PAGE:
It’s long been known that children can’t learn at their best when they’re hungry. But hundreds of Ottawa families are sending their kids to school without proper lunches.
“It’s a reality for families living in family shelters,” said Peggy Austen, senior director of community services for United Way Ottawa.
On Monday, United Way Ottawa and the Grocery Foundation officially launched a pilot program that will provide children living in family shelters the opportunity to make healthy lunches for school and learn about the benefits of a nutritious diet.
In 2008, there were 1,179 kids and youth living in emergency shelters, said Austen.
“The reality for families is that not having a home means inadequate food, poor health, lower social supports and incredible stress on families,” said Austen. “Nutrition plays a key role in children’s success in school.”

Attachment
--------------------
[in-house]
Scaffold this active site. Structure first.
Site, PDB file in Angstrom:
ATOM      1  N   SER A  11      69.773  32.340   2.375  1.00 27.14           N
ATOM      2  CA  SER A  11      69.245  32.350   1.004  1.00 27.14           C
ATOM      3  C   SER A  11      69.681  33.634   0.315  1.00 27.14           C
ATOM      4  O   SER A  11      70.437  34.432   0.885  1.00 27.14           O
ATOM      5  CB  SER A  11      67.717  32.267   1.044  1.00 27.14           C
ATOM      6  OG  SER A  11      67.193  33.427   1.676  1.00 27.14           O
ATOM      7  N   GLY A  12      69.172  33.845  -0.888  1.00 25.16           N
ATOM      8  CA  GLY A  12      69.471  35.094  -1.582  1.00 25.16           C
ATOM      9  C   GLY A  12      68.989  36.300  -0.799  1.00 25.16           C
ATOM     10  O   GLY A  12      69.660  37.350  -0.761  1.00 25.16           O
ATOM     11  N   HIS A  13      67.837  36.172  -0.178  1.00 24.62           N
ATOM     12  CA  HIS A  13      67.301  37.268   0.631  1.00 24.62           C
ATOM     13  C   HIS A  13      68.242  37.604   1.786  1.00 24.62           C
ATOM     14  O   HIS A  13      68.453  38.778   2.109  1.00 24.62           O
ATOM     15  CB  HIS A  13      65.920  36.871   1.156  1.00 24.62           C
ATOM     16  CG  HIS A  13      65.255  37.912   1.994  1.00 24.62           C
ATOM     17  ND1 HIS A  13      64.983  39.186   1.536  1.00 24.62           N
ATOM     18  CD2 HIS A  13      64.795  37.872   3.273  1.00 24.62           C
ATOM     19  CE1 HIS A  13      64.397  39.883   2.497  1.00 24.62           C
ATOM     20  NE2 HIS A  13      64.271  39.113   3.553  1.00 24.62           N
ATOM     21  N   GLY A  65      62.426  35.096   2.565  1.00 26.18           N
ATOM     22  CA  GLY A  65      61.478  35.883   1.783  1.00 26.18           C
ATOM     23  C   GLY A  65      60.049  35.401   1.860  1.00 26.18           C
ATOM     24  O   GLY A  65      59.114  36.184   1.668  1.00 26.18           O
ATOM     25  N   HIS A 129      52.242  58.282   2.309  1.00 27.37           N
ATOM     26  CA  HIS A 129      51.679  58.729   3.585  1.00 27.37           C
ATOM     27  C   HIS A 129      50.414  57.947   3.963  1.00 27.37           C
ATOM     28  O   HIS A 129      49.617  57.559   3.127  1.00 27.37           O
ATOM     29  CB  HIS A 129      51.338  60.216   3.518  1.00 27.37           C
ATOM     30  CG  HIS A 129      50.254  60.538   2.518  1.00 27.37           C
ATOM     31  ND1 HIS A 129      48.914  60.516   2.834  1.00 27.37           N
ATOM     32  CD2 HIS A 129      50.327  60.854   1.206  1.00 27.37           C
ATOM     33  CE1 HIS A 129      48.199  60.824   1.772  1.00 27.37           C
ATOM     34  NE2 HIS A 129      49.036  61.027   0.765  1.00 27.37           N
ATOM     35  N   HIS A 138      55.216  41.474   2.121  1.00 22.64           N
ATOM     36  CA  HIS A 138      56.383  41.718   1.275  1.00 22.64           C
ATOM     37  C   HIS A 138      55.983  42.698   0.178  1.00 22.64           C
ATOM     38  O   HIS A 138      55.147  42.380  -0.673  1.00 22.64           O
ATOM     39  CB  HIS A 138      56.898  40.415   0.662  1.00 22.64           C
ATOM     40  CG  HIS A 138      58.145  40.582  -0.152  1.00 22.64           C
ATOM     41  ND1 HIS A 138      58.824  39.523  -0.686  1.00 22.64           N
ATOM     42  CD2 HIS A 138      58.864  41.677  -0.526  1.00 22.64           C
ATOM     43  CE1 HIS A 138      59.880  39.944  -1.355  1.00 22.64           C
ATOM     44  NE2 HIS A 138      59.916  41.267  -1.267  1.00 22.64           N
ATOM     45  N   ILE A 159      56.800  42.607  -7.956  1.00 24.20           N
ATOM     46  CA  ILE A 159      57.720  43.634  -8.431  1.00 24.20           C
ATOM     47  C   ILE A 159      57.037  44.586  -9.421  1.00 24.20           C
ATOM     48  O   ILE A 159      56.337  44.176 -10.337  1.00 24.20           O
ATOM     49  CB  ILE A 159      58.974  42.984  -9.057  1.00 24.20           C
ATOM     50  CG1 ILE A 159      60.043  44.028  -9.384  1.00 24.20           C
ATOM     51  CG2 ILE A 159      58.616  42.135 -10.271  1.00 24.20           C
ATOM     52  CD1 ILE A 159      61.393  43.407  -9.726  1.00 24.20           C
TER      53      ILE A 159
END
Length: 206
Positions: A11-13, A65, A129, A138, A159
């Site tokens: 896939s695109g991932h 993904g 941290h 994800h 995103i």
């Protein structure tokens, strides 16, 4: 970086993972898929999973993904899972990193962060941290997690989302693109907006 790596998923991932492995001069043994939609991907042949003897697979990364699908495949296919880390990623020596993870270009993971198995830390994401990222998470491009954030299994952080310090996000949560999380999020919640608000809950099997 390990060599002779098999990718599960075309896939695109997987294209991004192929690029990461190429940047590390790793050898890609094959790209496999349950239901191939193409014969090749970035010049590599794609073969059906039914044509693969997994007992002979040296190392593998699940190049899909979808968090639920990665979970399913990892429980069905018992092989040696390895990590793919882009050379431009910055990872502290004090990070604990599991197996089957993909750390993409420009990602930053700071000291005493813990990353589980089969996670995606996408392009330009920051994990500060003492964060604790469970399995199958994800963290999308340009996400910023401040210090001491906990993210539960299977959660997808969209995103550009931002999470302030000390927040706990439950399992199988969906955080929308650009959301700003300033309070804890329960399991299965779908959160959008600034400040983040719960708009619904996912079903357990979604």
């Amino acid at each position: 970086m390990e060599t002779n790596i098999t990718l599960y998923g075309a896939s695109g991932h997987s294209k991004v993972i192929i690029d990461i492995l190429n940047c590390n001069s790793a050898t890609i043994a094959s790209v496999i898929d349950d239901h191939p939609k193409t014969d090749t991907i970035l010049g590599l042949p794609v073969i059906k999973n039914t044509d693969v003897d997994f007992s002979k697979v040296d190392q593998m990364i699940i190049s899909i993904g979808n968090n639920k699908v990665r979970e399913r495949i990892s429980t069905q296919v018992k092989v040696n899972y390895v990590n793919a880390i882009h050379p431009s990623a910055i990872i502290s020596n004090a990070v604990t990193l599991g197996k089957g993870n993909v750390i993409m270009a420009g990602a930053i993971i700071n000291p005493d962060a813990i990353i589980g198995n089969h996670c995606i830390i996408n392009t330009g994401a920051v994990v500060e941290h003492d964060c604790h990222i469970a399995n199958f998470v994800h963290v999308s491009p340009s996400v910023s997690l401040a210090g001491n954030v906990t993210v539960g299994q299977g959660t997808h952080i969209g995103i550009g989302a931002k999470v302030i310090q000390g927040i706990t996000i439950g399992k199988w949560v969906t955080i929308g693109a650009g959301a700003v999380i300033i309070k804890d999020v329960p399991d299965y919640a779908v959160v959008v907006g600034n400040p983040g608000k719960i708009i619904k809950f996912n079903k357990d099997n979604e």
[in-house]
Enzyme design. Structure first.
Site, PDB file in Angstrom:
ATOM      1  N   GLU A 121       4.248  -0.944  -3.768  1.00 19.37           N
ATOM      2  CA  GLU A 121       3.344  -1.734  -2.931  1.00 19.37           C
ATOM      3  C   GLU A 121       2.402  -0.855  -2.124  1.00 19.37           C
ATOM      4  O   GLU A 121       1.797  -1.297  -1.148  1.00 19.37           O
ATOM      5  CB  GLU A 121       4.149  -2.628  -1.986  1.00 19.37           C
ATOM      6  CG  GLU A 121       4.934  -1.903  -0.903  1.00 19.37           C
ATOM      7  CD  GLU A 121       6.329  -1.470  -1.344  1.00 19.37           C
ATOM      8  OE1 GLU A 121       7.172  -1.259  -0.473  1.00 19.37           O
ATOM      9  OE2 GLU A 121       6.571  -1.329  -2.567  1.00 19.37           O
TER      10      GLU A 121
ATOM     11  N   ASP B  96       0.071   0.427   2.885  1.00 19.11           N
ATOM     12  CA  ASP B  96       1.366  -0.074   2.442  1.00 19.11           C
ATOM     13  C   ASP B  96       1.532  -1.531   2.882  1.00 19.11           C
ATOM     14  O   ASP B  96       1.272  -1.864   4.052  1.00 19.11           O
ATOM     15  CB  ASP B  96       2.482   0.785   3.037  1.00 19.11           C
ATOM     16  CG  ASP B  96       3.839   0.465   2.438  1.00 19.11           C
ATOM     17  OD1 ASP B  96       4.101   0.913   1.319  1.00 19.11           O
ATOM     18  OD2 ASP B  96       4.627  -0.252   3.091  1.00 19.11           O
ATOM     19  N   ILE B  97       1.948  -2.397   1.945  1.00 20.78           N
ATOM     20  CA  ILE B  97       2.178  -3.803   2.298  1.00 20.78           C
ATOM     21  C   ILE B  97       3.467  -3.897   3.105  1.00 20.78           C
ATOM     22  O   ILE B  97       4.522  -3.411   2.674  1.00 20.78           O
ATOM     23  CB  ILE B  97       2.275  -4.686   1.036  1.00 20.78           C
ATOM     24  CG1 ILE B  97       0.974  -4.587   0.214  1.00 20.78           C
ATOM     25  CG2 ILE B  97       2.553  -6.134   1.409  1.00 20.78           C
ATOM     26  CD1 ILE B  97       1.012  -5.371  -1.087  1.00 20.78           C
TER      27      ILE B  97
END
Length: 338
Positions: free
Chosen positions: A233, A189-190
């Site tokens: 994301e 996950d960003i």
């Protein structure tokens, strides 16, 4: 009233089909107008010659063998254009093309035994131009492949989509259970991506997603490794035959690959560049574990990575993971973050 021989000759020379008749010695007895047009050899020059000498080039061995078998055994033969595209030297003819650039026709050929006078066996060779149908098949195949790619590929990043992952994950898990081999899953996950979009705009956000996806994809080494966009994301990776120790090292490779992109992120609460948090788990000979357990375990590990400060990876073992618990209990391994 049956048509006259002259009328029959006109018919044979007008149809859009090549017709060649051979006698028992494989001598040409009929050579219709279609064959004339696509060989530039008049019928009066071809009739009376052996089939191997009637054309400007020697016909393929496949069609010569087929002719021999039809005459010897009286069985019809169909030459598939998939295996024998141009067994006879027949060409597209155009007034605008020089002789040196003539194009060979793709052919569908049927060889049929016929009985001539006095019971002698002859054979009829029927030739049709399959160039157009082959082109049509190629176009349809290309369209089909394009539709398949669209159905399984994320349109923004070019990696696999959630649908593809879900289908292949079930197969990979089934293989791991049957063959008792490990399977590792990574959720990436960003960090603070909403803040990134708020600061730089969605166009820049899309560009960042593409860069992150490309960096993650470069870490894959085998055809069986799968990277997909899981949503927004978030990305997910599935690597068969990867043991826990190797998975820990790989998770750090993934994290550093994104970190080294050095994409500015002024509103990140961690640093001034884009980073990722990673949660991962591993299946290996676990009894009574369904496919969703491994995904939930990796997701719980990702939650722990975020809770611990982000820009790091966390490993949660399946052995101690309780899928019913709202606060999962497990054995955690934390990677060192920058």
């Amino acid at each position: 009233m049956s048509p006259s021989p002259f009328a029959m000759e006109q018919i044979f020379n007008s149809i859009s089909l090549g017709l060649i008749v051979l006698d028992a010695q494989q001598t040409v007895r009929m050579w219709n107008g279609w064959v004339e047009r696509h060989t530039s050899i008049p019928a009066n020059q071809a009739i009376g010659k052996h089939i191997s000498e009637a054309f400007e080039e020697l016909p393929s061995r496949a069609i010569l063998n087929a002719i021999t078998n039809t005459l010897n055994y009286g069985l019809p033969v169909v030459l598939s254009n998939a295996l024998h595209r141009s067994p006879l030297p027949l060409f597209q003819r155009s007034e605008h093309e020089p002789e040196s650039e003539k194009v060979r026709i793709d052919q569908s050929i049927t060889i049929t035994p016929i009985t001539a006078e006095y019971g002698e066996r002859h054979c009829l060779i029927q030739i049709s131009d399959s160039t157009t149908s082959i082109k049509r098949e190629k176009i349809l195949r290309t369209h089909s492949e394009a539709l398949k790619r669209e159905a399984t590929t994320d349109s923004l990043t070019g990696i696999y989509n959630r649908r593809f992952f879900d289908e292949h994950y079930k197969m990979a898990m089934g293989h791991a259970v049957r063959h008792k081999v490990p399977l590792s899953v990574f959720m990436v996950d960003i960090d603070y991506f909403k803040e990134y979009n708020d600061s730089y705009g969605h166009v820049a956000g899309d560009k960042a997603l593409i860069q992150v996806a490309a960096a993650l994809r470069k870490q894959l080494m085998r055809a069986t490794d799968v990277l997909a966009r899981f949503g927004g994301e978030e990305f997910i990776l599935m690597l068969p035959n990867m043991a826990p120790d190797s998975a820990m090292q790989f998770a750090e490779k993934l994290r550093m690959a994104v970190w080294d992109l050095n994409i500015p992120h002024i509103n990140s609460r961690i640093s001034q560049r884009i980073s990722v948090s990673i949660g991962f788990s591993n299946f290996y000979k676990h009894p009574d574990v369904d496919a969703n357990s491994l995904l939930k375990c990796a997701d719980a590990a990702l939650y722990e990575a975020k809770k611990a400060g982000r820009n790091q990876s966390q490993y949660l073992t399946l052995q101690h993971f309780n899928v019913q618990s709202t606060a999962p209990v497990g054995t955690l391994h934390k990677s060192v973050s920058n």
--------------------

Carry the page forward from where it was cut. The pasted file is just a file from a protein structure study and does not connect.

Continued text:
The program – which will cost $75,000 in its first year – has been implemented in two family emergency shelters in the city, including Forward Family Shelter and Carling Family Shelter.
Families will be able to access healthy food supplies to create lunches under the supervision of dietitian-trained staff.
Austen said the United Way hopes the program will expand to community health centres to meet the needs of even more children in the community.